Open Source Design 500

A well‑received list of 500 influential open‑source projects openly seeking help from designers. A side product of many months of researching the best way to get involved in open source as a designer.
Open Source Design 500 on a screenshot

I wanted to get involved in open source, but I didn’t know where to start. I didn’t want to work on just any open‑source project. I wanted to work on a project that would have an impact.

Most open‑source projects are developed on GitHub. Projects are called “repositories” on GitHub. GitHub has a feature where users can star repositories. This is how GitHub describes stars:

You can star repositories to keep track of projects you find interesting and discover similar projects in your news feed.

Starring a repository makes it easy to find again later. […]

Starring a repository also shows appreciation to the repository maintainer for their work.

In the absence of better alternatives, I allowed myself to assume that the number of stars could serve to measure the impact of a project.

Things to do in GitHub projects are called “issues.” GitHub has a search engine. Is it possible to do a GitHub search for current issues labeled “ux,” “ui,” or “design” and sort them according to the number of stars awarded to their projects?


I learned what I needed to learn and wrote a program that compiles a list of all such projects.

The first version

The first version of the program contained an error. An error that made incorrect lists look authentic. As a result, projects in created lists were unattractive. I carefully analyzed all the projects in the generated list and decided the idea with the “stars,” “issues,” and GitHub was a dead end—I couldn’t find a single project I wanted to help.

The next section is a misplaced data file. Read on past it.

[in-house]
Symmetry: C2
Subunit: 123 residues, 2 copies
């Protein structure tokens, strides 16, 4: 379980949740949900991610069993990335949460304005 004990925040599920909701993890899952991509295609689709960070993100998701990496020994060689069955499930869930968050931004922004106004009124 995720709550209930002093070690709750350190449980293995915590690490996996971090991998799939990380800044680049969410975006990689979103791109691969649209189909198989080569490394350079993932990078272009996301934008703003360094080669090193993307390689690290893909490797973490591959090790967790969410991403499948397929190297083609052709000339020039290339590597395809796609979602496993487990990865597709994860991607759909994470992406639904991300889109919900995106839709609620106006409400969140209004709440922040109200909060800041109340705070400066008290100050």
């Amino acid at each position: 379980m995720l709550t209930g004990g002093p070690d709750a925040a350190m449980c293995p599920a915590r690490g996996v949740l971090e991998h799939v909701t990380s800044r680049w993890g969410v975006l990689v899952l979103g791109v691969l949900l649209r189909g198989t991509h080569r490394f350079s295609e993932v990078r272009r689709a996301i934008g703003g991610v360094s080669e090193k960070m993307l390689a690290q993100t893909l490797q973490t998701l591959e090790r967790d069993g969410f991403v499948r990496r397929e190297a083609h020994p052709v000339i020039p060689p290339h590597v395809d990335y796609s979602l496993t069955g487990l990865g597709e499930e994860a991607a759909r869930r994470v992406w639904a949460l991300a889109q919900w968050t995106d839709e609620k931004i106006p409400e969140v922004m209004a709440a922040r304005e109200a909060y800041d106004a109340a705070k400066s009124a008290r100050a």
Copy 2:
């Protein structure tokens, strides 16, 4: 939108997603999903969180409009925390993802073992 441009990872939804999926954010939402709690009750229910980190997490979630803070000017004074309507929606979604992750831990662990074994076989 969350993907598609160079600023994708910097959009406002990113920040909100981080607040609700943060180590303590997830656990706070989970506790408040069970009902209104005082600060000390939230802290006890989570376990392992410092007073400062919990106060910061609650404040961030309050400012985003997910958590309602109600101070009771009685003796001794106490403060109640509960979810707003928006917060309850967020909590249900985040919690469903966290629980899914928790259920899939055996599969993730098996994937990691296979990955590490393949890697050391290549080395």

The mistake

After half a year, something made me come back to the topic. I did so with a fresh mind and enhanced patience, noticed the mistake from earlier, corrected it, analyzed the generated list, found some interesting items on it, and decided that it was worth investing some time and energy into this endeavor.


While working on this application, I came across an open‑source map editor, which I proceeded to help.


Since I had learned about the power of publishing on Medium, I wanted to publish something on the freeCodeCamp publication—one of the largest publications on the entire website. I thought a list like Fortune 500 with open‑source projects seeking help from designers would be an interesting way to present the data I had collected. The gross revenue of most open‑source projects is unknown, so I decided to sort them by stars on GitHub. And thus, the idea for Open Source Design 500 was created.

I prepared the text and sent it to freeCodeCamp. I received an auto‑response email informing me that freeCodeCamp receives a lot of texts for publication, it takes a lot of time for them to review the texts, and to please refrain from asking about the status of submission. A month passed. No response.

For me, when I care about something, a month of silence on the other side isn’t a reason to give up. I wrote to the founder of freeCodeCamp. He answered the next day:

Thanks for your extreme patience. […] This article is great, and I think it will be really interesting for designers who want to contribute to open source.

Quincy Larson
Founder of freeCodeCamp

A day later, someone from freeCodeCamp published the text.


The article was well‑received. I got to know a few interesting people from different parts of the world. And I achieved my goal: I wrote a valuable text that got published on freeCodeCamp.

Thank you for your timeEnjoy the rest of your day
© Gregory Wolanski